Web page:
Student Body Vice Presidential candidate Carrie Nowell. Photo courtesy of Alexandra Lay.

This singing, nap-loving, student-driven candidate has known Darkor for about three years.

“We were [Orientation Counselors], did projects within SGA that have been really successful and his marketing designs skills with my academic resources knowledge pair well together,” said Nowell. “These are two big areas that need improvement.”

Nowell worked as an Orientation Counselor in 2014, is involved in the University Honors Program, is the club president and founder of the Finer Niners acapella group and works as the Secretary for Academic Affairs in SGA.

“Charlotte as a city is growing and is home to young business professionals, which helps me strive for my dreams rather than going with the normal or expected path,” said Nowell. She sees this as something faculty and staff really push. “The University atmosphere has made that a huge part of that philosophy. It made me want to give back and make things bigger and better.”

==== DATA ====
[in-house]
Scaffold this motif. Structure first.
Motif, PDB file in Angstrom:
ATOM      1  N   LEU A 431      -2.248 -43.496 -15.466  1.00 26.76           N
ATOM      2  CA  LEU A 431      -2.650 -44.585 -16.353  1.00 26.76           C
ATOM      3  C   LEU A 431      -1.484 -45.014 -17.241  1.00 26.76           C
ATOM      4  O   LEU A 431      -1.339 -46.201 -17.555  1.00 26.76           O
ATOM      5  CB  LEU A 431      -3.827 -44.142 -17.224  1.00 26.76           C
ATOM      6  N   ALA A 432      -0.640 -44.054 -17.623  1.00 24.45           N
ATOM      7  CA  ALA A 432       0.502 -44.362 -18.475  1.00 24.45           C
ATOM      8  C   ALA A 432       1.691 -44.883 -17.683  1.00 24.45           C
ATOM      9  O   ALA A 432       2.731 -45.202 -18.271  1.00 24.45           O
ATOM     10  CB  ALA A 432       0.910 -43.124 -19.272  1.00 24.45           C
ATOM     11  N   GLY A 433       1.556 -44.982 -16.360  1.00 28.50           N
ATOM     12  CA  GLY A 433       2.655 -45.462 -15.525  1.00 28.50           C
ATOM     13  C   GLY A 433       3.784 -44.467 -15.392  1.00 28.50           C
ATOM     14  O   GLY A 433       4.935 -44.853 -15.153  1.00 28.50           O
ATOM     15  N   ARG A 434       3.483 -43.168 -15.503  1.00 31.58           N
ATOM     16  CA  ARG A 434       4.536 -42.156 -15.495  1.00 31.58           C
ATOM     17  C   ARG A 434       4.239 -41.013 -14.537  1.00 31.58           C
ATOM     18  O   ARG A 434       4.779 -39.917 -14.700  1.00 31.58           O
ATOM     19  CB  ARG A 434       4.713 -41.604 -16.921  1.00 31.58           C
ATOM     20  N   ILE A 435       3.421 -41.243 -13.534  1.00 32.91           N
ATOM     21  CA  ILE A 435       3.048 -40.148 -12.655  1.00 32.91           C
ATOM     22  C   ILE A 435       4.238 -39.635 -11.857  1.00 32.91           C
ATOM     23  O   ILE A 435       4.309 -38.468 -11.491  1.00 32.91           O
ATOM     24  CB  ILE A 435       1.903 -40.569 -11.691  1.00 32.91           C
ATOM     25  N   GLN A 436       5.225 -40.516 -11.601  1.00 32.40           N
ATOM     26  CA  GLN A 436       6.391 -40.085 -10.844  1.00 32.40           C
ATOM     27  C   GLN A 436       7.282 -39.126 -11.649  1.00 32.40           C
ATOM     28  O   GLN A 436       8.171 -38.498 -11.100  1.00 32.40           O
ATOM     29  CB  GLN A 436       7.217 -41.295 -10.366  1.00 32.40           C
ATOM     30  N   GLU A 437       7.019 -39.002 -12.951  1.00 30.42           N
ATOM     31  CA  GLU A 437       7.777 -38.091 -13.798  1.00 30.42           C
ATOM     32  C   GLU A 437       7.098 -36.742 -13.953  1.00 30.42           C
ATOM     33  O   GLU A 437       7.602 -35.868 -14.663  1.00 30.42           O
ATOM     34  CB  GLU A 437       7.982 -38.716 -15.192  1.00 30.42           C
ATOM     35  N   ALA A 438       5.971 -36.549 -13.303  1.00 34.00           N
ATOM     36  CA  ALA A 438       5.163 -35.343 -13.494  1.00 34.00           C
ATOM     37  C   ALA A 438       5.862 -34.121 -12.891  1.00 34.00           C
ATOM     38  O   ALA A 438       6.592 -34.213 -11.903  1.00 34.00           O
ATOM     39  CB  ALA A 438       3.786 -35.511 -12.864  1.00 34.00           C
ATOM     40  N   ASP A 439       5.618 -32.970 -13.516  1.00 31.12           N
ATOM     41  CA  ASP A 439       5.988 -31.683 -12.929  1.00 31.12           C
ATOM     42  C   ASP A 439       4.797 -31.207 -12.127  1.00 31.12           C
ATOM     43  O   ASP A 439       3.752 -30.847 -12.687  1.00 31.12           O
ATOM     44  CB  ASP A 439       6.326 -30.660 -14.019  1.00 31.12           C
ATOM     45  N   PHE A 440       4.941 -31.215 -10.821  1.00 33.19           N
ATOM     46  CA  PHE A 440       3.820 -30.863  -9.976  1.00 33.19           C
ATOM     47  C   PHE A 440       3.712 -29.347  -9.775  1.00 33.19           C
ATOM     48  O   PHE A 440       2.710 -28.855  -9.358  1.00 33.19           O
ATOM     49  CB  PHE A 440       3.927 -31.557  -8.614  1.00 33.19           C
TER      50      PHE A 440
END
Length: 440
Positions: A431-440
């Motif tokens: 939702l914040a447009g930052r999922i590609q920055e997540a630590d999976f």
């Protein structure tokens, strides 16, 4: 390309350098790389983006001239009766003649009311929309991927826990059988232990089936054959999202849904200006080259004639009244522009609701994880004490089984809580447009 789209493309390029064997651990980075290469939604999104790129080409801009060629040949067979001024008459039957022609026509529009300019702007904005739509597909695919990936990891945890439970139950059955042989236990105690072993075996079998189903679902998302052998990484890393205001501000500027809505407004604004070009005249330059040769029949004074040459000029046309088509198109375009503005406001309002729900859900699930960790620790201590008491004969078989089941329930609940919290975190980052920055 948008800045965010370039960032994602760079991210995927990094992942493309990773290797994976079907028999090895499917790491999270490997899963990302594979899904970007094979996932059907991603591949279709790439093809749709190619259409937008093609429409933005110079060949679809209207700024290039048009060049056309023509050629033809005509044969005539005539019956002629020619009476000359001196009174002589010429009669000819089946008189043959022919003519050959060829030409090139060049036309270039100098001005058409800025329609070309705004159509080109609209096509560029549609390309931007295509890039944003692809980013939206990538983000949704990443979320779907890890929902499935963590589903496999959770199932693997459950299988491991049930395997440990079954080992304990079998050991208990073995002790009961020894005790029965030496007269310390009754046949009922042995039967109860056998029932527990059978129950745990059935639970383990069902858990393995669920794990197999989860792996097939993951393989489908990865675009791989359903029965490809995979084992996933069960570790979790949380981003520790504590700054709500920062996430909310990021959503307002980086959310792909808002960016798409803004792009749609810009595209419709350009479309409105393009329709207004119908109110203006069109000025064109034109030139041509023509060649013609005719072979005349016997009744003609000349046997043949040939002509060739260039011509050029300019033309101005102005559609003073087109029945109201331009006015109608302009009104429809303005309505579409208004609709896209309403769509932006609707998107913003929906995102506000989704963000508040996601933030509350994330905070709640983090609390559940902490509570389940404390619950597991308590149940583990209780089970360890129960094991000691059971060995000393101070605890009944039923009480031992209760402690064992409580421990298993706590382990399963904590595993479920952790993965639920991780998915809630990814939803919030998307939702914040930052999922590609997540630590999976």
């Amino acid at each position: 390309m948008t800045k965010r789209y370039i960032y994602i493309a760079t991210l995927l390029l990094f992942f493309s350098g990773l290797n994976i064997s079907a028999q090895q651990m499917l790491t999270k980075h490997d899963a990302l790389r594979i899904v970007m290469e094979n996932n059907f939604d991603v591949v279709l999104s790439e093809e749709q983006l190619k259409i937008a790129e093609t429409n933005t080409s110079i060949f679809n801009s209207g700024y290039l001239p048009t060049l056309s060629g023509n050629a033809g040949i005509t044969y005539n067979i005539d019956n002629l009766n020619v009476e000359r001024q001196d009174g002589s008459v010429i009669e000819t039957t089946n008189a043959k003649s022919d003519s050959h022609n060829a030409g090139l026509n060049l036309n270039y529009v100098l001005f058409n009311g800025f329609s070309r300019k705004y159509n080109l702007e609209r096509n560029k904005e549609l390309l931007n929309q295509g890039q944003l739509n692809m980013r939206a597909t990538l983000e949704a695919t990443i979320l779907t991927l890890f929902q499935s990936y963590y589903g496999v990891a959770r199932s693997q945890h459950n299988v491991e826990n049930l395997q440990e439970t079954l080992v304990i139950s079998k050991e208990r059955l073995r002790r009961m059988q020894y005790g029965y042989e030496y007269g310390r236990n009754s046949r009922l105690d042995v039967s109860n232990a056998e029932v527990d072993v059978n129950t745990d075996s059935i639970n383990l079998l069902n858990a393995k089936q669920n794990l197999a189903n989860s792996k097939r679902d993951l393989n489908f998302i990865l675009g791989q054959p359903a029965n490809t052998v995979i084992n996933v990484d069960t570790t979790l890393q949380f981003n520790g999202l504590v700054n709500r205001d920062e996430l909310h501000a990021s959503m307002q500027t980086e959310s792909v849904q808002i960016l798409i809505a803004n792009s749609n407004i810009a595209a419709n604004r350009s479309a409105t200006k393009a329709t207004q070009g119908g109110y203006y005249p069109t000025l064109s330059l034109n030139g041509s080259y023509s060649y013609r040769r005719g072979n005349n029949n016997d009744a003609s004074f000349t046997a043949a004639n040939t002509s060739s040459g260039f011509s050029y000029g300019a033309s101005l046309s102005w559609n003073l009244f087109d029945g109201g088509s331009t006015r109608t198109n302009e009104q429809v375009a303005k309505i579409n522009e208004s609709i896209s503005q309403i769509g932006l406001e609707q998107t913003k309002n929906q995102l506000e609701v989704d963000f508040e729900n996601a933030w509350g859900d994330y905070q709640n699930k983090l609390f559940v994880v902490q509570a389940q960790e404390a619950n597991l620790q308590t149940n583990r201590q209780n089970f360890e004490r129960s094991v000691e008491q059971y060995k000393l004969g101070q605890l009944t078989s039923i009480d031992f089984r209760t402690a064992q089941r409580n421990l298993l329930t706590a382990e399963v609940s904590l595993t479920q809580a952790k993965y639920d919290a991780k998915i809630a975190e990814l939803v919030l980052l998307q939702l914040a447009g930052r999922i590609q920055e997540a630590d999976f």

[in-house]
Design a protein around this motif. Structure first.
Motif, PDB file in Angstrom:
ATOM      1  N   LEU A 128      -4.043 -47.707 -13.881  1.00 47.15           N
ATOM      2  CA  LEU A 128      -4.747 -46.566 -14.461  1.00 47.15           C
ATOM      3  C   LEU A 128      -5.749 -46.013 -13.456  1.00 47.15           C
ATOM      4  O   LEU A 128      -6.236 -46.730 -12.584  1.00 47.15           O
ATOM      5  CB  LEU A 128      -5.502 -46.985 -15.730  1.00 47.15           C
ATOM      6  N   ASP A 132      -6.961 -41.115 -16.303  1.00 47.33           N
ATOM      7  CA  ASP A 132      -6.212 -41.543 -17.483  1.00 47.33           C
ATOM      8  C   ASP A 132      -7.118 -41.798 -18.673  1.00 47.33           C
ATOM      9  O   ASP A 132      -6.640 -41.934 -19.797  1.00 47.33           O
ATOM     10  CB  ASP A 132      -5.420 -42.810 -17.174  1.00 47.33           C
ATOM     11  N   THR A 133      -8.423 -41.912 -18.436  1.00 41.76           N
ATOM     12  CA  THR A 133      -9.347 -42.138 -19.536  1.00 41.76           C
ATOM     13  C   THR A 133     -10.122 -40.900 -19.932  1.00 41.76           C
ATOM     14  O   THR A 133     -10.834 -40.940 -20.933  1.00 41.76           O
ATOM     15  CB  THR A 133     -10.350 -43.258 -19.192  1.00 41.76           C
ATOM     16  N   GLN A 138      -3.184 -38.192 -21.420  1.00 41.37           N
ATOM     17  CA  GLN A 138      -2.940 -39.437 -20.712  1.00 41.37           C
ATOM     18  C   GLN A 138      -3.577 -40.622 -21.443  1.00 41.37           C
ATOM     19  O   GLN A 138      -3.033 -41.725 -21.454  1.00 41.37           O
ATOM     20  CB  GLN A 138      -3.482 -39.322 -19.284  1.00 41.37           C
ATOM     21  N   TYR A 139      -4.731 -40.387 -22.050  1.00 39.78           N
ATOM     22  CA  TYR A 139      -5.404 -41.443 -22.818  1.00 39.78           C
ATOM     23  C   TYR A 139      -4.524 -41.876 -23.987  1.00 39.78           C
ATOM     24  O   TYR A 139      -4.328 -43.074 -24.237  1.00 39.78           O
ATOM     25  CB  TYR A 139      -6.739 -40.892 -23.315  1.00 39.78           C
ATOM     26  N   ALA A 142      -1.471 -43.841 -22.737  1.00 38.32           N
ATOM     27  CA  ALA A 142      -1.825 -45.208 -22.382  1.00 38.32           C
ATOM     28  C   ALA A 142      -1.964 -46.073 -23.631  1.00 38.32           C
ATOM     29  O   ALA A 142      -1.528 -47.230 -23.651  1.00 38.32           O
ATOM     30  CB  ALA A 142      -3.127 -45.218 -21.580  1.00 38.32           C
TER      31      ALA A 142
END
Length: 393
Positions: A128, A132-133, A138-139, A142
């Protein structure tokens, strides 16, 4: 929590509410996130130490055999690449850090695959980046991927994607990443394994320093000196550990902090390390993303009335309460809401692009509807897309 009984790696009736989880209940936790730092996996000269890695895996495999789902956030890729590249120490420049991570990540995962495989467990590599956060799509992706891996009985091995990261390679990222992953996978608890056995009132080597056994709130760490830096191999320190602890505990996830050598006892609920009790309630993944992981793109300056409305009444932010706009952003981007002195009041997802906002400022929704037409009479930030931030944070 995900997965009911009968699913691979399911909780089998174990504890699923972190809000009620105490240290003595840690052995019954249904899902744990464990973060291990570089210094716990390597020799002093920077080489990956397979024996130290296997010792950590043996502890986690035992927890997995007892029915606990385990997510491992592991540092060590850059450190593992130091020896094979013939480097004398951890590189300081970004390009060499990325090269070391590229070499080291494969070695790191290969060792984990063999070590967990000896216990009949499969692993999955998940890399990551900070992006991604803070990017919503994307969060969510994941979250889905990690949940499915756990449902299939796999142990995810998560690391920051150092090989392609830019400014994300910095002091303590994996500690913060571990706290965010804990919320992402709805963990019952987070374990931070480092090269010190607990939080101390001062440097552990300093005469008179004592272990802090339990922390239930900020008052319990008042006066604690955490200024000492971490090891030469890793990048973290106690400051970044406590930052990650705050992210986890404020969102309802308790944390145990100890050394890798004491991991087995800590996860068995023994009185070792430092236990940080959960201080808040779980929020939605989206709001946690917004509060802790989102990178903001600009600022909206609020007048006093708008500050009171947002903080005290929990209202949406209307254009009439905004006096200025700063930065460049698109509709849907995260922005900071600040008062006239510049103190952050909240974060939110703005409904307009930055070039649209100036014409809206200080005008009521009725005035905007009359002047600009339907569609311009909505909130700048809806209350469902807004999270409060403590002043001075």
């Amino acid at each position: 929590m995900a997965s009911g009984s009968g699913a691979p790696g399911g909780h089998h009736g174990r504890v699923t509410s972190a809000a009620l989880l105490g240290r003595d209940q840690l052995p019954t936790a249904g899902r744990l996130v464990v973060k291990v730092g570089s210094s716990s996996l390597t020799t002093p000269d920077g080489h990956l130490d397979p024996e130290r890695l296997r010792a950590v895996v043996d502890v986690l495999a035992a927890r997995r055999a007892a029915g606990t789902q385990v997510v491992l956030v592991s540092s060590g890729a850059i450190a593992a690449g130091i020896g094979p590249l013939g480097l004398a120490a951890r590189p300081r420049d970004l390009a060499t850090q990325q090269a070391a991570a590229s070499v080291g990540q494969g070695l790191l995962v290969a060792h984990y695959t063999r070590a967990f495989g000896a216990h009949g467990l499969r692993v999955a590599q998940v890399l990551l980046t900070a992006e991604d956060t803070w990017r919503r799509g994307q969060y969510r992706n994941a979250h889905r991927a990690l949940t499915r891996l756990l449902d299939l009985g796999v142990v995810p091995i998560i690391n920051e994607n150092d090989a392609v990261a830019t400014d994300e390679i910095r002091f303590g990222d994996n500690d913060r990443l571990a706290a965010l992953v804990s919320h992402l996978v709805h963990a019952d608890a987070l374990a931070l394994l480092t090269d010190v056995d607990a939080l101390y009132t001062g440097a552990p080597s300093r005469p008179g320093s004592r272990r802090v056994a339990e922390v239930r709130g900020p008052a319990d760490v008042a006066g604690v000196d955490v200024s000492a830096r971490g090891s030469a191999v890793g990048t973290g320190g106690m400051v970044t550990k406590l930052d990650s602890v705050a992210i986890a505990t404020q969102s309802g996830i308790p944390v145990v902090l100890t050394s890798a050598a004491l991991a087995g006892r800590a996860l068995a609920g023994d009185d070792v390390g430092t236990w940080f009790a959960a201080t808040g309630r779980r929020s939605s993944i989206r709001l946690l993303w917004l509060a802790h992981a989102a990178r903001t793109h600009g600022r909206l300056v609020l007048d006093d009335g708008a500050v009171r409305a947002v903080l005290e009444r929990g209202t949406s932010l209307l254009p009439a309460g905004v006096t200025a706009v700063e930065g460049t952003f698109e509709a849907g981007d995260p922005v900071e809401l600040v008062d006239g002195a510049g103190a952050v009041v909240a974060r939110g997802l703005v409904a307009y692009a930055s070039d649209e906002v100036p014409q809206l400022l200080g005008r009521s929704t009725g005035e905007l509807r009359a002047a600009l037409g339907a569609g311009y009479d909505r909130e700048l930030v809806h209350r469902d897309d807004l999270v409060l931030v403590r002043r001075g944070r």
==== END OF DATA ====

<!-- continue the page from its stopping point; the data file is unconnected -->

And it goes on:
Nowell’s biggest passion is working behind the scenes to help people succeed. This is a big reason she loves Organizational Management because she learns how to do things most effectively to help people reach their goals. She gets the chance to work with passionate people, design and implement action plans, as well as bridge the divide among people from different backgrounds. In her eyes and from a business standpoint, this creates the best quality work.

“I don’t know where or how, but I’m going to own my own business and I think I’ll be there in 10 years,” said Nowell. “I would love to have my own restaurant that I collaborate with a designer, chef and keep it trendy. I don’t want it to be a franchise or ‘licensey’ but I want to own a branded event space restaurant.”

In 10 years, she also sees herself being heavily involved in her community. Nowell is passionate about urban youth organizations and student activities and would love to work on the administrative side within these areas. She currently works at an animal shelter and would like to continue this work as well.